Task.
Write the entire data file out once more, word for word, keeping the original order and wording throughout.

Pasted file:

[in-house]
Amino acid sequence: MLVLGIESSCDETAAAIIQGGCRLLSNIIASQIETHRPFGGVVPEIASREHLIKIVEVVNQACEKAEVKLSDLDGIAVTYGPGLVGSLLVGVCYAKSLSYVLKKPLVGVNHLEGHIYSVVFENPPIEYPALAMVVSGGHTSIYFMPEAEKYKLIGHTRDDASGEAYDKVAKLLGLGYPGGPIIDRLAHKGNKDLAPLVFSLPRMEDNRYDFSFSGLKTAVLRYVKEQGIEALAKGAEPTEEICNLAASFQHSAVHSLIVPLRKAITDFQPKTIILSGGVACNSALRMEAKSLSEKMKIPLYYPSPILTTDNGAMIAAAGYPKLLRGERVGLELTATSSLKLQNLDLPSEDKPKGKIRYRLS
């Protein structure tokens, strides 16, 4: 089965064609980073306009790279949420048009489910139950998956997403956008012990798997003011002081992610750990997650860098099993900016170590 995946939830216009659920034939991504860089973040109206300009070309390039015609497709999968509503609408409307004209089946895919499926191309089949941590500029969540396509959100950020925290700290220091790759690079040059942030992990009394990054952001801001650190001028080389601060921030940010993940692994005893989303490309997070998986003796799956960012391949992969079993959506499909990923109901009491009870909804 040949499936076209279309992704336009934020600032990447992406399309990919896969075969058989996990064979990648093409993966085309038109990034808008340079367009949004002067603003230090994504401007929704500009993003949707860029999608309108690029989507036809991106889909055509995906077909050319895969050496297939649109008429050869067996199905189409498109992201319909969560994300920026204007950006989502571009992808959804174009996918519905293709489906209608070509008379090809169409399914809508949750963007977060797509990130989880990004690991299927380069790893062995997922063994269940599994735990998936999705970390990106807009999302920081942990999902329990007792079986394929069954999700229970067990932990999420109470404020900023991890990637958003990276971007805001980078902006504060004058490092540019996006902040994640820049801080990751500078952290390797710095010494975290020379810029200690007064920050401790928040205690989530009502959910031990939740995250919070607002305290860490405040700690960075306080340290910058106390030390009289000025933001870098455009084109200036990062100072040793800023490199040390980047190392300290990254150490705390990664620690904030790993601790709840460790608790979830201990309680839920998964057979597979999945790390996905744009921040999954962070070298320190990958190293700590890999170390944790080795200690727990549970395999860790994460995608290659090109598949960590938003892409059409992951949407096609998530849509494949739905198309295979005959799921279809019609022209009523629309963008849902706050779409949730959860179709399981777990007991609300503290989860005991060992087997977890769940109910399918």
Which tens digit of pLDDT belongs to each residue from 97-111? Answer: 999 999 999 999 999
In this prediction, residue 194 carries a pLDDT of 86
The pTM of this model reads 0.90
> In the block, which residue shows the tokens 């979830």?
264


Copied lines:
[in-house]
Amino acid sequence: MLVLGIESSCDETAAAIIQGGCRLLSNIIASQIETHRPFGGVVPEIASREHLIKIVEVVNQACEKAEVKLSDLDGIAVTYGPGLVGSLLVGVCYAKSLSYVLKKPLVGVNHLEGHIYSVVFENPPIEYPALAMVVSGGHTSIYFMPEAEKYKLIGHTRDDASGEAYDKVAKLLGLGYPGGPIIDRLAHKGNKDLAPLVFSLPRMEDNRYDFSFSGLKTAVLRYVKEQGIEALAKGAEPTEEICNLAASFQHSAVHSLIVPLRKAITDFQPKTIILSGGVACNSALRMEAKSLSEKMKIPLYYPSPILTTDNGAMIAAAGYPKLLRGERVGLELTATSSLKLQNLDLPSEDKPKGKIRYRLS
């Protein structure tokens, strides 16, 4: 089965064609980073306009790279949420048009489910139950998956997403956008012990798997003011002081992610750990997650860098099993900016170590 995946939830216009659920034939991504860089973040109206300009070309390039015609497709999968509503609408409307004209089946895919499926191309089949941590500029969540396509959100950020925290700290220091790759690079040059942030992990009394990054952001801001650190001028080389601060921030940010993940692994005893989303490309997070998986003796799956960012391949992969079993959506499909990923109901009491009870909804 040949499936076209279309992704336009934020600032990447992406399309990919896969075969058989996990064979990648093409993966085309038109990034808008340079367009949004002067603003230090994504401007929704500009993003949707860029999608309108690029989507036809991106889909055509995906077909050319895969050496297939649109008429050869067996199905189409498109992201319909969560994300920026204007950006989502571009992808959804174009996918519905293709489906209608070509008379090809169409399914809508949750963007977060797509990130989880990004690991299927380069790893062995997922063994269940599994735990998936999705970390990106807009999302920081942990999902329990007792079986394929069954999700229970067990932990999420109470404020900023991890990637958003990276971007805001980078902006504060004058490092540019996006902040994640820049801080990751500078952290390797710095010494975290020379810029200690007064920050401790928040205690989530009502959910031990939740995250919070607002305290860490405040700690960075306080340290910058106390030390009289000025933001870098455009084109200036990062100072040793800023490199040390980047190392300290990254150490705390990664620690904030790993601790709840460790608790979830201990309680839920998964057979597979999945790390996905744009921040999954962070070298320190990958190293700590890999170390944790080795200690727990549970395999860790994460995608290659090109598949960590938003892409059409992951949407096609998530849509494949739905198309295979005959799921279809019609022209009523629309963008849902706050779409949730959860179709399981777990007991609300503290989860005991060992087997977890769940109910399918």
Which tens digit of pLDDT belongs to each residue from 97-111? Answer: 999 999 999 999 999
In this prediction, residue 194 carries a pLDDT of 86
The pTM of this model reads 0.90
> In the block, which residue shows the tokens 């979830």?
264